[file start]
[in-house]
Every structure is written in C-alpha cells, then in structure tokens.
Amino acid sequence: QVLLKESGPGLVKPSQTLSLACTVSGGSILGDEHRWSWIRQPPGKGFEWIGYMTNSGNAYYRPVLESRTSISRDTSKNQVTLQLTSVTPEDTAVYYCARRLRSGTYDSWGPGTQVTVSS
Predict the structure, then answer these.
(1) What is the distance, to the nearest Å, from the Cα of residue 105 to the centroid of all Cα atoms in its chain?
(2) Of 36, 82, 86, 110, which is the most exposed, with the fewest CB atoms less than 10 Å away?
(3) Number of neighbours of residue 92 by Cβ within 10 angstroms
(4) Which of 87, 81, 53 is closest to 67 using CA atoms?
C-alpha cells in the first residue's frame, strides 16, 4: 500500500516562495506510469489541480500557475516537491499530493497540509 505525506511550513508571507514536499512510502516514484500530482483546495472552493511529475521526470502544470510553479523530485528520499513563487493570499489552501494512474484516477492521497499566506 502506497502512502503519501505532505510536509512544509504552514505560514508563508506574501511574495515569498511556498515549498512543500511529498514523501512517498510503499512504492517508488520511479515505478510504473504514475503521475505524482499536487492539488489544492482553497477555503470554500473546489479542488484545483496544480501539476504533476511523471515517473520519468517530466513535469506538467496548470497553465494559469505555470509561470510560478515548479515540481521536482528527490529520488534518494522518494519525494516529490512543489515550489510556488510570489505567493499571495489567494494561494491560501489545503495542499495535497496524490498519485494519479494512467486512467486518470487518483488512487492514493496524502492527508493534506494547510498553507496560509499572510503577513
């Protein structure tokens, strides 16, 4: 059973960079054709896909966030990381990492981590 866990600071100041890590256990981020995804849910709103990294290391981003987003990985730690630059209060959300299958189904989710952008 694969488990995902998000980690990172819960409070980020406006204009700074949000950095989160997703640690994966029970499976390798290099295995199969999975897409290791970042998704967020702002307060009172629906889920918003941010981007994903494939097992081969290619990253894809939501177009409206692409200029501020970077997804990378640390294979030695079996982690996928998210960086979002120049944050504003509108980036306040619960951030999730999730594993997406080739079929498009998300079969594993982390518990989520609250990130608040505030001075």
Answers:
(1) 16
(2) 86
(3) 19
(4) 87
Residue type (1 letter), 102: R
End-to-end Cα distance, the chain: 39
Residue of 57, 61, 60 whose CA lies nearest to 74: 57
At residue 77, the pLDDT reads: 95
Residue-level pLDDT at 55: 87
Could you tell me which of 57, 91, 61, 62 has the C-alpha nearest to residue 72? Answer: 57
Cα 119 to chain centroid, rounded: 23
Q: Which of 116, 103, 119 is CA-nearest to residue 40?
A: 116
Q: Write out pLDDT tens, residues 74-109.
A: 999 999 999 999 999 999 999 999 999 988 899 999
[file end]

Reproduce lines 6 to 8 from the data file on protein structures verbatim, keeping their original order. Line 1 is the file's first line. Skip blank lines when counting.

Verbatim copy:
(2) Of 36, 82, 86, 110, which is the most exposed, with the fewest CB atoms less than 10 Å away?
(3) Number of neighbours of residue 92 by Cβ within 10 angstroms
(4) Which of 87, 81, 53 is closest to 67 using CA atoms?